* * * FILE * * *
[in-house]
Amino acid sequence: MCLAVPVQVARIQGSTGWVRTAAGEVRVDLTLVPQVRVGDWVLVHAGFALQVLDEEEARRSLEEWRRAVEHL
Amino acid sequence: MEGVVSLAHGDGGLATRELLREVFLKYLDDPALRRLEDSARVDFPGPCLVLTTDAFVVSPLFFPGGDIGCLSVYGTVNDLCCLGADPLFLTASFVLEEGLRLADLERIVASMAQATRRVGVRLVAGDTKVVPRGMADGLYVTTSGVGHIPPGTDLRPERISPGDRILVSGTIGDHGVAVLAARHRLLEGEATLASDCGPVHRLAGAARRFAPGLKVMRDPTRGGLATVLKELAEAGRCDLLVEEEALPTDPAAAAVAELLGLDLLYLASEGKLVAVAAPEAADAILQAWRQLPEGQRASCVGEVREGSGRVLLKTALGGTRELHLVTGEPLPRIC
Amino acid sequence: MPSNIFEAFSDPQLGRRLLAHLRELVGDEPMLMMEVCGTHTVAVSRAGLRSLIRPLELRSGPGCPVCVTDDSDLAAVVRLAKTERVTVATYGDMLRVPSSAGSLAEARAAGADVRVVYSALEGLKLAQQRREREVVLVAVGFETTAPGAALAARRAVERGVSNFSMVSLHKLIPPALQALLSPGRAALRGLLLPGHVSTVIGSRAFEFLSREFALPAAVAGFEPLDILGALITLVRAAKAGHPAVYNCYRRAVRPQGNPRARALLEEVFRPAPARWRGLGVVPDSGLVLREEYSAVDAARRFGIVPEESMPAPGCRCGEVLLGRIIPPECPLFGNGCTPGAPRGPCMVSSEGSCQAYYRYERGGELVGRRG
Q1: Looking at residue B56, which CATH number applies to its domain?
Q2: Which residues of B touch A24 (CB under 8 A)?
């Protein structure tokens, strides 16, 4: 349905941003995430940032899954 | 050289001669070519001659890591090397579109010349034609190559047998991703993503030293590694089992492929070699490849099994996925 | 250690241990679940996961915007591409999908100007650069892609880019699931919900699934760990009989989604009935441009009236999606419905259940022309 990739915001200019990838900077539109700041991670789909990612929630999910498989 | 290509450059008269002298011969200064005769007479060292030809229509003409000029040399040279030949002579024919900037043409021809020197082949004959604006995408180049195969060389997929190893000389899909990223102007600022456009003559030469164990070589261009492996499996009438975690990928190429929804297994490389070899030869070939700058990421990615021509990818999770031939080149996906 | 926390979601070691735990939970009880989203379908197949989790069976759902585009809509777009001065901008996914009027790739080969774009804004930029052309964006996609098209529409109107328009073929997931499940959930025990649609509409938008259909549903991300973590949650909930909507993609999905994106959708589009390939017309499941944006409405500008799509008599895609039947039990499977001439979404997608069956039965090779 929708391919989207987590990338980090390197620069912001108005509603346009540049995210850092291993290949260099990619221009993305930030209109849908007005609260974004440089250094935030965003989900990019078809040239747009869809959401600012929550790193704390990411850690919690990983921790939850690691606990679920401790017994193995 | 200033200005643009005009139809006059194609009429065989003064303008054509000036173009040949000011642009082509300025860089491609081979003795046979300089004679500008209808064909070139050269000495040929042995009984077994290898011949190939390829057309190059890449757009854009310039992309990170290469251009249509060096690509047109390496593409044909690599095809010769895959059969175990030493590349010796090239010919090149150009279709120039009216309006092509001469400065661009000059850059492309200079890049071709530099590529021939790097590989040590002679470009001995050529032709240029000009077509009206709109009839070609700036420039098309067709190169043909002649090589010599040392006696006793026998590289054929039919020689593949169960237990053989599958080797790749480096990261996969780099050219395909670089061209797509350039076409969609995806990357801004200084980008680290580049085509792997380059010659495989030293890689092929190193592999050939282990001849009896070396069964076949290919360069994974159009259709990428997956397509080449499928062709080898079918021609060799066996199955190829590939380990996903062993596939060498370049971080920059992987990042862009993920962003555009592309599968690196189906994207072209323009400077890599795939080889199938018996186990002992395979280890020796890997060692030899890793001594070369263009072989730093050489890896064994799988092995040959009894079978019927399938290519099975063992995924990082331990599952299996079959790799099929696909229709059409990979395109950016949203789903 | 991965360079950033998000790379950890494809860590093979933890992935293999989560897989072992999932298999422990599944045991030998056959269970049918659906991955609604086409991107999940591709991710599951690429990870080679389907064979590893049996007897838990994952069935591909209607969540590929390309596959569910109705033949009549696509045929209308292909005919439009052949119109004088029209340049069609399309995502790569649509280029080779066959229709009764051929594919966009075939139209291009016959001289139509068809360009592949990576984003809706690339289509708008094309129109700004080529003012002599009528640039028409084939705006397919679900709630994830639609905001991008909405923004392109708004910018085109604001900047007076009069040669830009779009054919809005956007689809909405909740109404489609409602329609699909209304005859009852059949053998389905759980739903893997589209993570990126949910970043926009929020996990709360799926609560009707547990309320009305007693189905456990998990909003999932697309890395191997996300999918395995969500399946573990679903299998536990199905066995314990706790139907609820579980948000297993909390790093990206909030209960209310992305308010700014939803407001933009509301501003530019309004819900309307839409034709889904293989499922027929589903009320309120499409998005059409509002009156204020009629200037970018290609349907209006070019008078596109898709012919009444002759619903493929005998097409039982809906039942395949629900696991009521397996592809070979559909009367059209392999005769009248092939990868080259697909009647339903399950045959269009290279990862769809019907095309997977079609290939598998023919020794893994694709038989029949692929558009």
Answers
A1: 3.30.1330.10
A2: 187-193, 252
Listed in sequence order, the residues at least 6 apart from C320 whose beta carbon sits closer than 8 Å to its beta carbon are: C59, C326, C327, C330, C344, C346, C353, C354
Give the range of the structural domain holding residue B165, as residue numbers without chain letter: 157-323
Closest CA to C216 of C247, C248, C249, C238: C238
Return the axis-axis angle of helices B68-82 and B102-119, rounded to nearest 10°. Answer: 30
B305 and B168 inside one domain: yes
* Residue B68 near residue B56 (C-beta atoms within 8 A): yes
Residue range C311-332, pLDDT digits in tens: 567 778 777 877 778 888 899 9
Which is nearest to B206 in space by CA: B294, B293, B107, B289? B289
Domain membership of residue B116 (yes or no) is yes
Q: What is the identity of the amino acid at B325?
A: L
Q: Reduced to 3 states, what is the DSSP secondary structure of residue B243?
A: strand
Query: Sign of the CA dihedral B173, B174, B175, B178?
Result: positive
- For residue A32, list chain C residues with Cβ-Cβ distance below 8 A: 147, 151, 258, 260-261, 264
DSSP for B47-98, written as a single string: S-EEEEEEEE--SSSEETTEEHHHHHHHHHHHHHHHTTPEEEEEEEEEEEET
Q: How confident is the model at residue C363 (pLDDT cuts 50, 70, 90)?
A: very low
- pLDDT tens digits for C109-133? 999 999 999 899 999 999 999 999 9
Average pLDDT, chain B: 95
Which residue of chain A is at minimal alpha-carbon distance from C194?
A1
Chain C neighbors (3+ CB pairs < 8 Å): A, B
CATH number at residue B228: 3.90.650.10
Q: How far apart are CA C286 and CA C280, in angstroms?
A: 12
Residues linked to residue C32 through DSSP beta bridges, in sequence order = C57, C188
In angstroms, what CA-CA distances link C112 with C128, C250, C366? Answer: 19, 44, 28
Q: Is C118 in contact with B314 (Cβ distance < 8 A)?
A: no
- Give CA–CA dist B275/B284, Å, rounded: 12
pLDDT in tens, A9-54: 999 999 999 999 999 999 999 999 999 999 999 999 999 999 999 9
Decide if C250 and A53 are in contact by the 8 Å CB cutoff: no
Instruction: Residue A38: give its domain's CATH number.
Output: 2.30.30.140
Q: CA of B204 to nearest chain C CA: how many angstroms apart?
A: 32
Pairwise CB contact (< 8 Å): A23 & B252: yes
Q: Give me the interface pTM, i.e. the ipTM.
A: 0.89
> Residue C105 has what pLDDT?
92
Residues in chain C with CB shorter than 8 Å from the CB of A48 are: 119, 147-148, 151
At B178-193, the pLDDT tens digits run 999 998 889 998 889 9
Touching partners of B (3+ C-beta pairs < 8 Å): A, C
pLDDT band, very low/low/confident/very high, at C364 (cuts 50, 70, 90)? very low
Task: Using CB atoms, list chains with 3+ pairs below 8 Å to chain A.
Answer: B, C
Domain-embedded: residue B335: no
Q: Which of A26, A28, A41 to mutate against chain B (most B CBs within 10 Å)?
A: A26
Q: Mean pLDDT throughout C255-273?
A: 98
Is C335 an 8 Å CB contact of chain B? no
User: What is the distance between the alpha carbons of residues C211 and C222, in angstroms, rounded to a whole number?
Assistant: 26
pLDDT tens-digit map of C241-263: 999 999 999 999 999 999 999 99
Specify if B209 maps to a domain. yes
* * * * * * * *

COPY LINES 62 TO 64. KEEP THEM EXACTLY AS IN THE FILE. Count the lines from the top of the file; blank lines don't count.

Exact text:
A: A26
Q: Mean pLDDT throughout C255-273?
A: 98